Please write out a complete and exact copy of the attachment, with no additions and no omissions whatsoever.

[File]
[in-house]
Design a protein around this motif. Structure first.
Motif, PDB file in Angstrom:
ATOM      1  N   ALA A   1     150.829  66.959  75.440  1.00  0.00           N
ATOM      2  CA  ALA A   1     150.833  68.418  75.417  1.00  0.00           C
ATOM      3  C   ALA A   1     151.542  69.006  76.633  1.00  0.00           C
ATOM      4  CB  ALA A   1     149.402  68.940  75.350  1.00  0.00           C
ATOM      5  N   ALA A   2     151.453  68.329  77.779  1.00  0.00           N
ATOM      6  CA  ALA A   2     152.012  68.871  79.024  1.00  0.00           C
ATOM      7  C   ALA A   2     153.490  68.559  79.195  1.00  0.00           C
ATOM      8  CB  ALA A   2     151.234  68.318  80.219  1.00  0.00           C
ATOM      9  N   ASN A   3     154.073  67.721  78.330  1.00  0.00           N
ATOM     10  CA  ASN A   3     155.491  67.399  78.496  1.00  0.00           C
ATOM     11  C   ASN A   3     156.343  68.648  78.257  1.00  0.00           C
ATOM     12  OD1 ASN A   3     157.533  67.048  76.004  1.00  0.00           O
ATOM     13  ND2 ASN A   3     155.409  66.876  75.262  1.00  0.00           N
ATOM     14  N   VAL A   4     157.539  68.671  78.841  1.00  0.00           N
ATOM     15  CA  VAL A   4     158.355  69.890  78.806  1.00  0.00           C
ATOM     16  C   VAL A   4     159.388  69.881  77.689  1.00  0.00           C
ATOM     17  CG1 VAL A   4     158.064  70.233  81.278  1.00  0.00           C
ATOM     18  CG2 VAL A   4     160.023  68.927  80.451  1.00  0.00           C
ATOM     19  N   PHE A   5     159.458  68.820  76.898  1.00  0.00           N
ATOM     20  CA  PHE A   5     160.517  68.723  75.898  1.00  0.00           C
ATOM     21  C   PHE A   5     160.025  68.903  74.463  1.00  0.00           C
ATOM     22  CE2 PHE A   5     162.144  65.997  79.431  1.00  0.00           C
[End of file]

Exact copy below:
[in-house]
Design a protein around this motif. Structure first.
Motif, PDB file in Angstrom:
ATOM      1  N   ALA A   1     150.829  66.959  75.440  1.00  0.00           N
ATOM      2  CA  ALA A   1     150.833  68.418  75.417  1.00  0.00           C
ATOM      3  C   ALA A   1     151.542  69.006  76.633  1.00  0.00           C
ATOM      4  CB  ALA A   1     149.402  68.940  75.350  1.00  0.00           C
ATOM      5  N   ALA A   2     151.453  68.329  77.779  1.00  0.00           N
ATOM      6  CA  ALA A   2     152.012  68.871  79.024  1.00  0.00           C
ATOM      7  C   ALA A   2     153.490  68.559  79.195  1.00  0.00           C
ATOM      8  CB  ALA A   2     151.234  68.318  80.219  1.00  0.00           C
ATOM      9  N   ASN A   3     154.073  67.721  78.330  1.00  0.00           N
ATOM     10  CA  ASN A   3     155.491  67.399  78.496  1.00  0.00           C
ATOM     11  C   ASN A   3     156.343  68.648  78.257  1.00  0.00           C
ATOM     12  OD1 ASN A   3     157.533  67.048  76.004  1.00  0.00           O
ATOM     13  ND2 ASN A   3     155.409  66.876  75.262  1.00  0.00           N
ATOM     14  N   VAL A   4     157.539  68.671  78.841  1.00  0.00           N
ATOM     15  CA  VAL A   4     158.355  69.890  78.806  1.00  0.00           C
ATOM     16  C   VAL A   4     159.388  69.881  77.689  1.00  0.00           C
ATOM     17  CG1 VAL A   4     158.064  70.233  81.278  1.00  0.00           C
ATOM     18  CG2 VAL A   4     160.023  68.927  80.451  1.00  0.00           C
ATOM     19  N   PHE A   5     159.458  68.820  76.898  1.00  0.00           N
ATOM     20  CA  PHE A   5     160.517  68.723  75.898  1.00  0.00           C
ATOM     21  C   PHE A   5     160.025  68.903  74.463  1.00  0.00           C
ATOM     22  CE2 PHE A   5     162.144  65.997  79.431  1.00  0.00           C